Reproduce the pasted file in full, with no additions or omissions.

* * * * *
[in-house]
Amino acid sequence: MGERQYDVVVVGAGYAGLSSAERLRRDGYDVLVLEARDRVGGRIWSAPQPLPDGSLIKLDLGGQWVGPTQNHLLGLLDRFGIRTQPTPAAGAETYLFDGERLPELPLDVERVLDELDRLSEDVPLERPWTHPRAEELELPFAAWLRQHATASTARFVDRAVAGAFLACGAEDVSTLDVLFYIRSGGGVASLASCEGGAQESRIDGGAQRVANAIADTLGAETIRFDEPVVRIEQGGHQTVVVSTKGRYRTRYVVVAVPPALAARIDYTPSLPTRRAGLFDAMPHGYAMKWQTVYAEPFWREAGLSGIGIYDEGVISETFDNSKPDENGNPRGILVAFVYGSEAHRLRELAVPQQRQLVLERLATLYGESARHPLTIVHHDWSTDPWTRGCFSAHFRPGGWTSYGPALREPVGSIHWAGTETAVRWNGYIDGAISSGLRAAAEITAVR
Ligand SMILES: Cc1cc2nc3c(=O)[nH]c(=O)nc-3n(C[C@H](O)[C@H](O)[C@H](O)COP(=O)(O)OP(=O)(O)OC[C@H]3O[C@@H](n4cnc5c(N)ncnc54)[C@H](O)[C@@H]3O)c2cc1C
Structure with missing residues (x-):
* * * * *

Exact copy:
[in-house]
Amino acid sequence: MGERQYDVVVVGAGYAGLSSAERLRRDGYDVLVLEARDRVGGRIWSAPQPLPDGSLIKLDLGGQWVGPTQNHLLGLLDRFGIRTQPTPAAGAETYLFDGERLPELPLDVERVLDELDRLSEDVPLERPWTHPRAEELELPFAAWLRQHATASTARFVDRAVAGAFLACGAEDVSTLDVLFYIRSGGGVASLASCEGGAQESRIDGGAQRVANAIADTLGAETIRFDEPVVRIEQGGHQTVVVSTKGRYRTRYVVVAVPPALAARIDYTPSLPTRRAGLFDAMPHGYAMKWQTVYAEPFWREAGLSGIGIYDEGVISETFDNSKPDENGNPRGILVAFVYGSEAHRLRELAVPQQRQLVLERLATLYGESARHPLTIVHHDWSTDPWTRGCFSAHFRPGGWTSYGPALREPVGSIHWAGTETAVRWNGYIDGAISSGLRAAAEITAVR
Ligand SMILES: Cc1cc2nc3c(=O)[nH]c(=O)nc-3n(C[C@H](O)[C@H](O)[C@H](O)COP(=O)(O)OP(=O)(O)OC[C@H]3O[C@@H](n4cnc5c(N)ncnc54)[C@H](O)[C@@H]3O)c2cc1C
Structure with missing residues (x-):